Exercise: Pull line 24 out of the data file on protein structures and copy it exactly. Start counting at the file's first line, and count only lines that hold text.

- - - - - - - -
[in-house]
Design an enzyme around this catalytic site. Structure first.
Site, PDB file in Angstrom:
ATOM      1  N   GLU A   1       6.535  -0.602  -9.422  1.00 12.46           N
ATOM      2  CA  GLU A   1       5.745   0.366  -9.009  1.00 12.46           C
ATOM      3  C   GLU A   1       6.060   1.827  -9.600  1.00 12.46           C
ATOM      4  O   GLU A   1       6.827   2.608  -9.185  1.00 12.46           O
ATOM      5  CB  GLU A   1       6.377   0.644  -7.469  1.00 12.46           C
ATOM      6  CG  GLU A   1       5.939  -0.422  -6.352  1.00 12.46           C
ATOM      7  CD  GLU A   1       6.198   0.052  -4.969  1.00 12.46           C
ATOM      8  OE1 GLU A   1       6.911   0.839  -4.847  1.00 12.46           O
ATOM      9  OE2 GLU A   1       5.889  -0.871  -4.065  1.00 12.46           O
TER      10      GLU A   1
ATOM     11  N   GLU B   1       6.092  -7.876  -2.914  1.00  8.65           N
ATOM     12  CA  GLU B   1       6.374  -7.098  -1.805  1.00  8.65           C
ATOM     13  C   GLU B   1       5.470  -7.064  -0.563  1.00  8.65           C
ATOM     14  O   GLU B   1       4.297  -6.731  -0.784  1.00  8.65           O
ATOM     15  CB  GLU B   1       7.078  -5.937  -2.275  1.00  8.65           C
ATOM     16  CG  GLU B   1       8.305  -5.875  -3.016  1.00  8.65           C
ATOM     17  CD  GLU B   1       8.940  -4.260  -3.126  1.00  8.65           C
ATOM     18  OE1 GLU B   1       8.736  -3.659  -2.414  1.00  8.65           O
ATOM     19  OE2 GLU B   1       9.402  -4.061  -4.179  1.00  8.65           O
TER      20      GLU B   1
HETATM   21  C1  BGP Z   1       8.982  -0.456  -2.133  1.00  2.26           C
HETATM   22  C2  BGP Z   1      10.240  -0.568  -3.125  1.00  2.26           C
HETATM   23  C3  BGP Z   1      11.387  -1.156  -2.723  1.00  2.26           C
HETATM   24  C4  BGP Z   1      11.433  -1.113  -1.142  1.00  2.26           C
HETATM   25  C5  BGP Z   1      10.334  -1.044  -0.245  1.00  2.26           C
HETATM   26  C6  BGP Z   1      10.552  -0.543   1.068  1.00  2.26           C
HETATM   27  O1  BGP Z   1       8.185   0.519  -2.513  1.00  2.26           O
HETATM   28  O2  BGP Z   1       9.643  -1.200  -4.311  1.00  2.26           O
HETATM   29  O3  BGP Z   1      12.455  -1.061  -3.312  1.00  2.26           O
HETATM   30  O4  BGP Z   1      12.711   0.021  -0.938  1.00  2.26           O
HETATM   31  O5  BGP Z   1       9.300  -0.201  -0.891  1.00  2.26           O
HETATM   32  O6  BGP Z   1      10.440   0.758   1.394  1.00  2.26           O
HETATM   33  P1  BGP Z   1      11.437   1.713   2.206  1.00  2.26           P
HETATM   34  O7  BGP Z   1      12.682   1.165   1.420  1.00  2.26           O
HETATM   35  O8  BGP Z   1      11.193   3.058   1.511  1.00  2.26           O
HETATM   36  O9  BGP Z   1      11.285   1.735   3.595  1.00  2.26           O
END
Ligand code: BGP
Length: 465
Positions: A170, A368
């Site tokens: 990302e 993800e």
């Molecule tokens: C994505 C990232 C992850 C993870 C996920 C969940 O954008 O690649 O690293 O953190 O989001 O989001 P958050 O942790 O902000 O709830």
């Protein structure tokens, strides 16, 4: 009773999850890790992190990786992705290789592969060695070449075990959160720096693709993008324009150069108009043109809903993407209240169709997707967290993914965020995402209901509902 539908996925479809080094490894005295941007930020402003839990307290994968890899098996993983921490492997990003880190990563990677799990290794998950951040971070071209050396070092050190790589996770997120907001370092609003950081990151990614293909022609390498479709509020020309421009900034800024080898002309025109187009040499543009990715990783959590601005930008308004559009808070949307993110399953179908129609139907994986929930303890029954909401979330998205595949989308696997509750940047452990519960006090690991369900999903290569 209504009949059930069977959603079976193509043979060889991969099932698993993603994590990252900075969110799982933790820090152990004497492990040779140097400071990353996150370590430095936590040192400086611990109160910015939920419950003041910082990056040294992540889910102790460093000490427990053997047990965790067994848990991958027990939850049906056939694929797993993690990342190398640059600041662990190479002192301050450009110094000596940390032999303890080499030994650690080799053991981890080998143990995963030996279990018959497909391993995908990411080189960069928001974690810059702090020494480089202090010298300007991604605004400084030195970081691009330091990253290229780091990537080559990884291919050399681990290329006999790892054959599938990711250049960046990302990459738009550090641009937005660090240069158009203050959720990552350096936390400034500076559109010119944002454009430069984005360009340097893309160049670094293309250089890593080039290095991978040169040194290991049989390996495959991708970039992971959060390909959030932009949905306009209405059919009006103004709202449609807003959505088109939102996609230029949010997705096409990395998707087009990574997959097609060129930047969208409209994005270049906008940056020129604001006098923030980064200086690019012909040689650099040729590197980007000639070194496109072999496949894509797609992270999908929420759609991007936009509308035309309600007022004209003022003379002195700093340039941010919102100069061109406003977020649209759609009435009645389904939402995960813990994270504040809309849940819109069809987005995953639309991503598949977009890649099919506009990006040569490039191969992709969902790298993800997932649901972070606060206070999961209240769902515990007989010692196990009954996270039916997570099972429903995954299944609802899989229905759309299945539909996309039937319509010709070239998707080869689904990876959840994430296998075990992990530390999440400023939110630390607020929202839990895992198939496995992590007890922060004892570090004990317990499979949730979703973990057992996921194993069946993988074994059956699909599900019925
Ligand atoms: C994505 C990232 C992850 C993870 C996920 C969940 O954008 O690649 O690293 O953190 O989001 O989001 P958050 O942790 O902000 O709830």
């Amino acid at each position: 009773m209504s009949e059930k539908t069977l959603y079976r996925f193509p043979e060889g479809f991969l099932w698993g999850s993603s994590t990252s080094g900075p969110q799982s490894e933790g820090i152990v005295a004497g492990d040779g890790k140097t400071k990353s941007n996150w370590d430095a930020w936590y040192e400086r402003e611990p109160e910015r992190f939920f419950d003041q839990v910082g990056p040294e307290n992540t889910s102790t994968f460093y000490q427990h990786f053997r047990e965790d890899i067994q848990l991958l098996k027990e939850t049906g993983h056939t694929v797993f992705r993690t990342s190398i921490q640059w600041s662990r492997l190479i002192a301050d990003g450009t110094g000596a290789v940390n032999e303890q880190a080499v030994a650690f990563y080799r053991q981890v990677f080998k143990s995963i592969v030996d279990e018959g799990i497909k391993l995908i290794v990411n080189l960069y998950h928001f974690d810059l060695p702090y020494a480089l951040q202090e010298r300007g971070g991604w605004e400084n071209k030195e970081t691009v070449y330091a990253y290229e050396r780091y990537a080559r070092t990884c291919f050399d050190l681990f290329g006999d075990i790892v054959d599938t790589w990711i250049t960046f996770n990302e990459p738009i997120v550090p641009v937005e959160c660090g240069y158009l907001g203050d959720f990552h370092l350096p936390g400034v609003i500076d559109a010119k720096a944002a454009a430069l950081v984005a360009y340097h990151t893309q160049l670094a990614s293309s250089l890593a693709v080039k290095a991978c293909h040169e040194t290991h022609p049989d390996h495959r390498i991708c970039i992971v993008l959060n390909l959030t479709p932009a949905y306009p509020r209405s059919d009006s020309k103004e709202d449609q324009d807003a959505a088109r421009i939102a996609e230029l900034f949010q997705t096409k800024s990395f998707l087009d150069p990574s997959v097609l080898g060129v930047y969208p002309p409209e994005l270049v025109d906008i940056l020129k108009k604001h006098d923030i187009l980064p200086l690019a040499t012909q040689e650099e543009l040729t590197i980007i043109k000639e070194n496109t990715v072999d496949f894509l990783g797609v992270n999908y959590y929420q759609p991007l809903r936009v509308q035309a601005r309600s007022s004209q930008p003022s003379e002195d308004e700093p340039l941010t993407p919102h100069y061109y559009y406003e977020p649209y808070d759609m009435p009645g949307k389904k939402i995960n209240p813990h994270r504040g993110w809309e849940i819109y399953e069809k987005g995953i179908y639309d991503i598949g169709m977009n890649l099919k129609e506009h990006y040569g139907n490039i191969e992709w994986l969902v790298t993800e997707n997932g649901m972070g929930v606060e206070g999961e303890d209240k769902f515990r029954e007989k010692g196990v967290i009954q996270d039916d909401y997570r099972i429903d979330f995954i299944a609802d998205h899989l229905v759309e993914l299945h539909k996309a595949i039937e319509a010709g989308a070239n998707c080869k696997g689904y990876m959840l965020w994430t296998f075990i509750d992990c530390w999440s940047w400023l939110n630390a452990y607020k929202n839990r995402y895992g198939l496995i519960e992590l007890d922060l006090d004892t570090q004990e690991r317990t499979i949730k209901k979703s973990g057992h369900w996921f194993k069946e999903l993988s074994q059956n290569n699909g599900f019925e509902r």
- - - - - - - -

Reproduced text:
HETATM   21  C1  BGP Z   1       8.982  -0.456  -2.133  1.00  2.26           C